Flashing LED strip

Discussion in 'The Projects Forum' started by captainlol, Jan 13, 2014.

  1. captainlol

    Thread Starter New Member

    Jan 13, 2014
    3
    0
    Hi, I'm new to the forums and to electronics in general. I have to do a project for my final semester and what I'd like to make is a flashing LED strip for my bicycle to act as a turn signal.

    For now, I have figured that I need the LED strips and a 3-way toggle switch (for left and right). Beyond that, I'm pretty much clueless. Does anyone know how I can go about wiring this up using a controller of some sort?

    Ideally, I'd like it to be wireless but I fear that's way above my skill level, so having it hard-wired is acceptable too.
     
  2. DerStrom8

    Well-Known Member

    Feb 20, 2011
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    Having it wireless would be very complicated, and would probably require RF (remote-control) transmission circuitry. So I would recommend hardwiring it. In order to get the LEDs to flash, I would use a 555 timer. Using a couple of resistors and a capacitor you can set it to pulse the output at a frequency determined by the capacitor size and ratio of the resistor values.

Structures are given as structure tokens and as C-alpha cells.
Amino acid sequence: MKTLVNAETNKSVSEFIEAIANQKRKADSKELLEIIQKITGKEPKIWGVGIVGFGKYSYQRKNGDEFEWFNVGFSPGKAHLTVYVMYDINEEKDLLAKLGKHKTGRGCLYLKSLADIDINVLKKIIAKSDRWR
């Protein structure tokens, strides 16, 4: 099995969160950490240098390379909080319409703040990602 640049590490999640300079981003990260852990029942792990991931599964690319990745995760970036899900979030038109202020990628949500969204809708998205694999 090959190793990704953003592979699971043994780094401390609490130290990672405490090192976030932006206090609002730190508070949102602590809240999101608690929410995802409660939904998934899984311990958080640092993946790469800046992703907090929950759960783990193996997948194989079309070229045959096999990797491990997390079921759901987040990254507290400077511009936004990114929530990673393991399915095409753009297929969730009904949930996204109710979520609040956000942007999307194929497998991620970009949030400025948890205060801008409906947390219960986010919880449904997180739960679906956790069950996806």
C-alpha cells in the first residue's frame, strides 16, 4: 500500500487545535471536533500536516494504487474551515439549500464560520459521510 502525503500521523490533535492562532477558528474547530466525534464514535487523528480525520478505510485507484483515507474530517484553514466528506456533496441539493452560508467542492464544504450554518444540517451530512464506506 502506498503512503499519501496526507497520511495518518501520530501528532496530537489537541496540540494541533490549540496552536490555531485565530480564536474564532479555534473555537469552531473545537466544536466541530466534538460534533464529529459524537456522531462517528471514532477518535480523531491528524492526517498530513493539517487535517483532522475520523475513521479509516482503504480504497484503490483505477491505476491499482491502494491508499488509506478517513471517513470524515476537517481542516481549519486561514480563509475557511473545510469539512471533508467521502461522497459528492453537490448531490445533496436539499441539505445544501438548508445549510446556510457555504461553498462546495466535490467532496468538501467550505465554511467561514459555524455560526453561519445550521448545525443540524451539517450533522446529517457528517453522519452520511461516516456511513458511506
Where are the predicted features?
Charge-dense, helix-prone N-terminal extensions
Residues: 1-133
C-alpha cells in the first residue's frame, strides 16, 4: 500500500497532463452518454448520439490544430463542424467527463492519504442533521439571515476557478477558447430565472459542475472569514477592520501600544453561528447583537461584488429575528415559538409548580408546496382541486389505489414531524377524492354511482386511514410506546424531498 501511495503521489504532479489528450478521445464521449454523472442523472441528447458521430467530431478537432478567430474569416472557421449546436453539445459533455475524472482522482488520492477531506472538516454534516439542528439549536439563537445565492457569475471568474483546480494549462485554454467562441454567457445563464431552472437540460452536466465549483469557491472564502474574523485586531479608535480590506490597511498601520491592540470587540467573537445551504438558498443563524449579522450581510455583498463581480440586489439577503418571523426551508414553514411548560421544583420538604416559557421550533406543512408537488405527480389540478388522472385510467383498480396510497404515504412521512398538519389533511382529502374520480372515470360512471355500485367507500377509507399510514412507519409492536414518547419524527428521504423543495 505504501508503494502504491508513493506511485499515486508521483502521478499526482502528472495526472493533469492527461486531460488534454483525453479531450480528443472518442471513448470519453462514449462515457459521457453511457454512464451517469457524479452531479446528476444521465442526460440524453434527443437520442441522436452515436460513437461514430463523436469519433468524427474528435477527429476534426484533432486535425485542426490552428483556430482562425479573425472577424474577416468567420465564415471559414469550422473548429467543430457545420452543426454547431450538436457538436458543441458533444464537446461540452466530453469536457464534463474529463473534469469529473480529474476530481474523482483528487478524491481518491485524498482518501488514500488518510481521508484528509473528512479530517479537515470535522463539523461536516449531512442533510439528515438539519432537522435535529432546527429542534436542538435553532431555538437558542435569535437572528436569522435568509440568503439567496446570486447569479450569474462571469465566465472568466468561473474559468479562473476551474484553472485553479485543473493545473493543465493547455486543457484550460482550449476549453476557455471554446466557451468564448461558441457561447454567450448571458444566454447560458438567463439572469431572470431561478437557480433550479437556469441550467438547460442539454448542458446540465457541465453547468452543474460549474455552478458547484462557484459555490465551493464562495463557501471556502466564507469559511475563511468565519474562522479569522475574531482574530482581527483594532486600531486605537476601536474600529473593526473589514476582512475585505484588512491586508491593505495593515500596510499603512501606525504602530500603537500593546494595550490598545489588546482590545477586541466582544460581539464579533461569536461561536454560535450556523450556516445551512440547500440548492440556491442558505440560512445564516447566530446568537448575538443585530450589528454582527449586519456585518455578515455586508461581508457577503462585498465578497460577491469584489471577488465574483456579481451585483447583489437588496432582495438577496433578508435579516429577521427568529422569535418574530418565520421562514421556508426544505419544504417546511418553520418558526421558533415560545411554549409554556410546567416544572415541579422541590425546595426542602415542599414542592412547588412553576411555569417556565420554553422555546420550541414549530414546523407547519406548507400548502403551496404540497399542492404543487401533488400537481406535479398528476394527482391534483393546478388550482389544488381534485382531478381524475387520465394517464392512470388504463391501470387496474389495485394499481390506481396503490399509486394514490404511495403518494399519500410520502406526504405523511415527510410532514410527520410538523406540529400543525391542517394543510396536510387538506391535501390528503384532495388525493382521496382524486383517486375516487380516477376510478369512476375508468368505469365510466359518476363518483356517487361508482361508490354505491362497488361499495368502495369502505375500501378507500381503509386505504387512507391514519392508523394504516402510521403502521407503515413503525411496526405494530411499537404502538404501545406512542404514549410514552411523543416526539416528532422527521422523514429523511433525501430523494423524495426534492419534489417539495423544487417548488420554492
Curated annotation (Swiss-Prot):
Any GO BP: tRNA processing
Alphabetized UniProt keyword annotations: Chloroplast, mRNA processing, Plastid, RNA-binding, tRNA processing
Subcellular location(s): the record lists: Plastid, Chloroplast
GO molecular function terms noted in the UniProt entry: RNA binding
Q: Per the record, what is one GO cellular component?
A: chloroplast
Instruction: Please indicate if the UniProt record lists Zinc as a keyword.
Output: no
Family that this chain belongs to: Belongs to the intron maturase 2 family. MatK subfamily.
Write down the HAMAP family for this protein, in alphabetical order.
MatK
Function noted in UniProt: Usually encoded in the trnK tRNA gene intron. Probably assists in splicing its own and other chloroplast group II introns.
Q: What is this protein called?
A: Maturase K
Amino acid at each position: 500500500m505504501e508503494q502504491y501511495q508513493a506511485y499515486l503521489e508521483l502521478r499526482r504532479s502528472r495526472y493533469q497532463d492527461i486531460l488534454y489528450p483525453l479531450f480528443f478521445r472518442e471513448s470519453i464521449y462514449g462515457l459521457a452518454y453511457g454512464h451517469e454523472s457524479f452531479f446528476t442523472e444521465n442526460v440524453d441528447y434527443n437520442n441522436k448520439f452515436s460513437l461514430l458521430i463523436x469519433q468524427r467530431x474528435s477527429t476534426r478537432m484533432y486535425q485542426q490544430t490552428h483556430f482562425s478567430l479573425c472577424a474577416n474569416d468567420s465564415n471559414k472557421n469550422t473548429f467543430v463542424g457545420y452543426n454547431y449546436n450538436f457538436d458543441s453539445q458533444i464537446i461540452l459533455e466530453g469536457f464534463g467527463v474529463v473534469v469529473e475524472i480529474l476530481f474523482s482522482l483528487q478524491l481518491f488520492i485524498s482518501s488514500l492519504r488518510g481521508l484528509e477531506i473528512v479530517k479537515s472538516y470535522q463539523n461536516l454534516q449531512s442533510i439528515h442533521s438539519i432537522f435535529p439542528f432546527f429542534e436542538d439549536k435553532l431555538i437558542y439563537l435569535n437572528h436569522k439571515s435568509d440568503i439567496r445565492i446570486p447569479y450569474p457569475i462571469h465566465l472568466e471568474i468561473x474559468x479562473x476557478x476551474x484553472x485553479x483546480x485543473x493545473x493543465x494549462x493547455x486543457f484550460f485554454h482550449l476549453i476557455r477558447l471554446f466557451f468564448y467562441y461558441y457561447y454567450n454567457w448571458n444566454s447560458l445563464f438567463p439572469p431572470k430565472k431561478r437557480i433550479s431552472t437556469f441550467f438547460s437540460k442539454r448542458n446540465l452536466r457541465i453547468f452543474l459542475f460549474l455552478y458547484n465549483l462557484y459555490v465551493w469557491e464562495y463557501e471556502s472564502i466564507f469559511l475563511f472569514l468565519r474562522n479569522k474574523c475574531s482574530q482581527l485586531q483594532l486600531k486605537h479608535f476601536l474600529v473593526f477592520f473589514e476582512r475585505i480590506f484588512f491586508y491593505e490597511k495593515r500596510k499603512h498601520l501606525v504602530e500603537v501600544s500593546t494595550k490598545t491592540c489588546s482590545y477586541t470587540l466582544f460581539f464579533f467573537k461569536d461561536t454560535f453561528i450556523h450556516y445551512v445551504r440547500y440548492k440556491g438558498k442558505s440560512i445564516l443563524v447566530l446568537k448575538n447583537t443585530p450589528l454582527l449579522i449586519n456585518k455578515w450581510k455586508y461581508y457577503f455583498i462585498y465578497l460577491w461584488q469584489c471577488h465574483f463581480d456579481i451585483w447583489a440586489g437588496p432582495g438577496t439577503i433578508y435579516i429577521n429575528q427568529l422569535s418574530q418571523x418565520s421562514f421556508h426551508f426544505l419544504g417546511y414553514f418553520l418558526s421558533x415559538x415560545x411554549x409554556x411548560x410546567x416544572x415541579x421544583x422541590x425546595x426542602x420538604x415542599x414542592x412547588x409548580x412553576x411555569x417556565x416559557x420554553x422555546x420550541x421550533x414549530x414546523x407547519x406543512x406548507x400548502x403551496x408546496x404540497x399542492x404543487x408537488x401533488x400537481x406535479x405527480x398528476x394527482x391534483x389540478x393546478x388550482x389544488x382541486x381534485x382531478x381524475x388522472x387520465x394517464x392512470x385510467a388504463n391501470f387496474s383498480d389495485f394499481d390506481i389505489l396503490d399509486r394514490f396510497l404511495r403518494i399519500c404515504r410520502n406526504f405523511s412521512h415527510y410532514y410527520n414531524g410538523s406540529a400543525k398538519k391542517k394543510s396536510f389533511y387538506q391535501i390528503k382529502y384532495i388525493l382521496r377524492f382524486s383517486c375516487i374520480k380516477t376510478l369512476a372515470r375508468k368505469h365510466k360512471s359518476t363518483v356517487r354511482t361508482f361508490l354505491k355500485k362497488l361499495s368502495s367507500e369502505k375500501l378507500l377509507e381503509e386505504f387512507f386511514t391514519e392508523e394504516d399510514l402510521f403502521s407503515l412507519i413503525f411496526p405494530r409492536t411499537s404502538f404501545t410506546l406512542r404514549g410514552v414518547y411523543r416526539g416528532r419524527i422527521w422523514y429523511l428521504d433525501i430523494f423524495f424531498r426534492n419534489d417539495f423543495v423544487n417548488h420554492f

This is the basic 555 timer circuit you'd be looking at. Replace the 12v lamp with your LED strip (and any necessary current limiting resistors) and you're good to go. You'll just need the switch with the center post connected to pin 3 (output) of the 555 timer, and each of the two poles connected to one side of your bike (for the directional blinker).

    [​IMG]

    Good luck!
    Matt
     
  3. radiohead

    Active Member

    May 28, 2009
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  4. captainlol

    Thread Starter New Member

    Jan 13, 2014
    3
    0
    So would I be replacing T1 in that circuit with the 3-way switch? Also, what kind of ratio am I looking for between the resistors to make it flash on/off for 1 second, for example?
     
  5. DerStrom8

    Well-Known Member

    Feb 20, 2011
    2,428
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    You'll need to keep T1, and connect it on one pole of the switch. Then copy the circuit on the output for the second pole.

    Look up "555 timer calculator". You'll find formulas, and even online calculators to determine the capacitor and resistor values. I'm thinking a 6.8uF capacitor with R1 = 10KΩ and R2 = 100KΩ should be pretty close.

    You can always use a potentiometer (variable resistor) for R2 (as shown in the schematic) that would allow you to adjust the frequency.
     
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